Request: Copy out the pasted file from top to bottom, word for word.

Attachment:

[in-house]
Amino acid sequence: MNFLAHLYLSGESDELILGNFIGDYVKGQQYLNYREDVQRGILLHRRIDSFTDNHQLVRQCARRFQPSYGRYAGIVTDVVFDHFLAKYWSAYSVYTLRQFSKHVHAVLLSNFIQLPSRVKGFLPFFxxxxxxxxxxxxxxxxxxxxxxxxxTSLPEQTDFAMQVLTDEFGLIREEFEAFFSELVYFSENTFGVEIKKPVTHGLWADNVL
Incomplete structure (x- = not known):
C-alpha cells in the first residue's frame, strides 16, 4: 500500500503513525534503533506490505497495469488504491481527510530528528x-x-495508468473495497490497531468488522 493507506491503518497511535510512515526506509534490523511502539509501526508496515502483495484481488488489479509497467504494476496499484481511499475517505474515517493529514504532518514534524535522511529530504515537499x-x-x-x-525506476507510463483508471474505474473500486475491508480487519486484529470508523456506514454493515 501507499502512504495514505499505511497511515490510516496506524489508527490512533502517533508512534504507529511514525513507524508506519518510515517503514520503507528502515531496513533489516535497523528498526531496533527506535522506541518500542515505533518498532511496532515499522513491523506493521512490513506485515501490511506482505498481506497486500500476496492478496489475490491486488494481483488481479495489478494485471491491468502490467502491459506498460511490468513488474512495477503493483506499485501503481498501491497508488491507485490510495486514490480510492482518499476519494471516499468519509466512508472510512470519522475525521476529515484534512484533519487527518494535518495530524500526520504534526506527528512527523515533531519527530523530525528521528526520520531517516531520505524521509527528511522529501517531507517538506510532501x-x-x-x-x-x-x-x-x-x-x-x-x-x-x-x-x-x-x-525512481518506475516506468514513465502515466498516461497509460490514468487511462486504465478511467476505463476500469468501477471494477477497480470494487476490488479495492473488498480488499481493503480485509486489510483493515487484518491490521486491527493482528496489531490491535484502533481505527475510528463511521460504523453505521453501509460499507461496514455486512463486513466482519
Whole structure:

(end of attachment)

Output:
[in-house]
Amino acid sequence: MNFLAHLYLSGESDELILGNFIGDYVKGQQYLNYREDVQRGILLHRRIDSFTDNHQLVRQCARRFQPSYGRYAGIVTDVVFDHFLAKYWSAYSVYTLRQFSKHVHAVLLSNFIQLPSRVKGFLPFFxxxxxxxxxxxxxxxxxxxxxxxxxTSLPEQTDFAMQVLTDEFGLIREEFEAFFSELVYFSENTFGVEIKKPVTHGLWADNVL
Incomplete structure (x- = not known):
C-alpha cells in the first residue's frame, strides 16, 4: 500500500503513525534503533506490505497495469488504491481527510530528528x-x-495508468473495497490497531468488522 493507506491503518497511535510512515526506509534490523511502539509501526508496515502483495484481488488489479509497467504494476496499484481511499475517505474515517493529514504532518514534524535522511529530504515537499x-x-x-x-525506476507510463483508471474505474473500486475491508480487519486484529470508523456506514454493515 501507499502512504495514505499505511497511515490510516496506524489508527490512533502517533508512534504507529511514525513507524508506519518510515517503514520503507528502515531496513533489516535497523528498526531496533527506535522506541518500542515505533518498532511496532515499522513491523506493521512490513506485515501490511506482505498481506497486500500476496492478496489475490491486488494481483488481479495489478494485471491491468502490467502491459506498460511490468513488474512495477503493483506499485501503481498501491497508488491507485490510495486514490480510492482518499476519494471516499468519509466512508472510512470519522475525521476529515484534512484533519487527518494535518495530524500526520504534526506527528512527523515533531519527530523530525528521528526520520531517516531520505524521509527528511522529501517531507517538506510532501x-x-x-x-x-x-x-x-x-x-x-x-x-x-x-x-x-x-x-525512481518506475516506468514513465502515466498516461497509460490514468487511462486504465478511467476505463476500469468501477471494477477497480470494487476490488479495492473488498480488499481493503480485509486489510483493515487484518491490521486491527493482528496489531490491535484502533481505527475510528463511521460504523453505521453501509460499507461496514455486512463486513466482519
Whole structure: